II. RULING REQUESTED
Whether the Taxpayer may make the proposed charitable contribution of appreciated securities and maintain its security corporation classification.
Yes, given that the purpose of the charitable contribution is not to obtain a tax benefit for itself or any of its affiliates and that the amount of time involved in the process of making these charitable contributions and in advising the Sponsor will be nominal, the Taxpayer may make the proposed charitable contribution and maintain its security corporation classification.
A financial institution or business corporation that is engaged exclusively in buying, selling, dealing in, or holding securities on its own behalf and not as a broker may be classified as a security corporation. G.L. c. 63, § 38B. Security corporations are not subject to the corporate excise in the same manner as other business corporations. Rather, they are subject only to a single income measure excise determination and are taxed on their gross income, generally at a rate of 1.32%. G.L. c. 63, § 38B(a), (c).
A security corporation must be exclusively engaged in securities investment activities. 830 CMR 63.38B.1(3). If a security corporation which has been so classified engages in an impermissible business activity, the Commissioner may revoke the classification and assess the corporation for any amounts due under the corporate excise. 830 CMR 63.38B.1(9).
The Regulation provides that “[a] security corporation may engage in ancillary activity that is necessary or typical in the context of its securities investment business.” 830 CMR 63.38B.1(3)(c). The Taxpayer posits that corporations, including corporations engaged in the business of investing in securities, routinely make charitable contributions in connection with their business, and that accordingly the making of such contributions is an “ancillary activity” that is typical in the context of a securities investment business.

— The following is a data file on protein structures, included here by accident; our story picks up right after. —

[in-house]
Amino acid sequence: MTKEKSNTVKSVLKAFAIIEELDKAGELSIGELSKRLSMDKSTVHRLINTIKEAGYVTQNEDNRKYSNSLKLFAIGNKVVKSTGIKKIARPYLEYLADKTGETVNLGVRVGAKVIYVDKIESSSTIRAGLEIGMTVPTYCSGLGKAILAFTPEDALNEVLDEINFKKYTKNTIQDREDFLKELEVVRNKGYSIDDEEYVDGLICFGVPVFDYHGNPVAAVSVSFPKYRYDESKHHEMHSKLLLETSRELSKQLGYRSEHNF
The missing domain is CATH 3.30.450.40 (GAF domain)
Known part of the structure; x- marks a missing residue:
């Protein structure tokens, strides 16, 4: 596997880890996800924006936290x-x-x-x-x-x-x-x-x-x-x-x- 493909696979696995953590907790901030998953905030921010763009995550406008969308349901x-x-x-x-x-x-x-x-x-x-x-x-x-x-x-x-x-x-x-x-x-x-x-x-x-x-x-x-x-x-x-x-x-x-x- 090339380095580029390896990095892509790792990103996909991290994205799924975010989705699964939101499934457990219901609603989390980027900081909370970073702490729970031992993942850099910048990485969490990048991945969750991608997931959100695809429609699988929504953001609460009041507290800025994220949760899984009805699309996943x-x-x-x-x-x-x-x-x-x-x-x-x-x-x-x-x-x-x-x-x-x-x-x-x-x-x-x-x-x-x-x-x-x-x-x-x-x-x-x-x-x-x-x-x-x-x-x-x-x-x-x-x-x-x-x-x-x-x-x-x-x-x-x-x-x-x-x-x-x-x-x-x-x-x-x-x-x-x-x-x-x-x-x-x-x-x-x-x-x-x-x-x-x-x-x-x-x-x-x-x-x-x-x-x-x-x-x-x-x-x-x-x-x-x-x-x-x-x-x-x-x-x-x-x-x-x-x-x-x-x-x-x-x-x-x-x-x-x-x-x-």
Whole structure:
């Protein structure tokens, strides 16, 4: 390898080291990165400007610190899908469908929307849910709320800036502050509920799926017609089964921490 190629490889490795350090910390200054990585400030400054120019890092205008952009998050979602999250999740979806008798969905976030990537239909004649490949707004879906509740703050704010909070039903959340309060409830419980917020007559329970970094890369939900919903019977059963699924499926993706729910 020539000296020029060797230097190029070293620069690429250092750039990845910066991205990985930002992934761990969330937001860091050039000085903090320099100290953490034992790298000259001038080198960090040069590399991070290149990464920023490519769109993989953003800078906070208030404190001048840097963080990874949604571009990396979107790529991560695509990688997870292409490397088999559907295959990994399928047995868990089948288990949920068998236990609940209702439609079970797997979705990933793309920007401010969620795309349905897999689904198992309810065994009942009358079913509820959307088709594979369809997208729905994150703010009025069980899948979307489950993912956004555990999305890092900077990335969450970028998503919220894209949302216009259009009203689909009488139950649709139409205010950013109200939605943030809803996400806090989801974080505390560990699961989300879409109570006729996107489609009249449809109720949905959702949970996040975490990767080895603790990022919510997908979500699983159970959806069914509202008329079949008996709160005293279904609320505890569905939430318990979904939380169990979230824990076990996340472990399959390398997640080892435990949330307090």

The examples in the Regulation reference “owning office furniture or supplies used in operating its business, engaging a payroll services company for payment of its staff, and sponsoring employee benefit programs on behalf of its staff,” as constituting valid “ancillary activities.” 830 CMR 63.38B.1(3)(c). None of these recognized ancillary activities address the circumstances of the Taxpayer’s proposed charitable contributions. However, while making charitable contributions to a donor-advised charitable fund cannot be said to be a necessary part of the securities investment business, neither should it be viewed as atypical or, on the facts presented by this Taxpayer, as an impermissible business activity.
The Taxpayer may make the proposed charitable contribution of appreciated securities and maintain its security corporation classification, given its stated factual representations and the analysis set forth above.
Very truly yours,
Commissioner of Revenue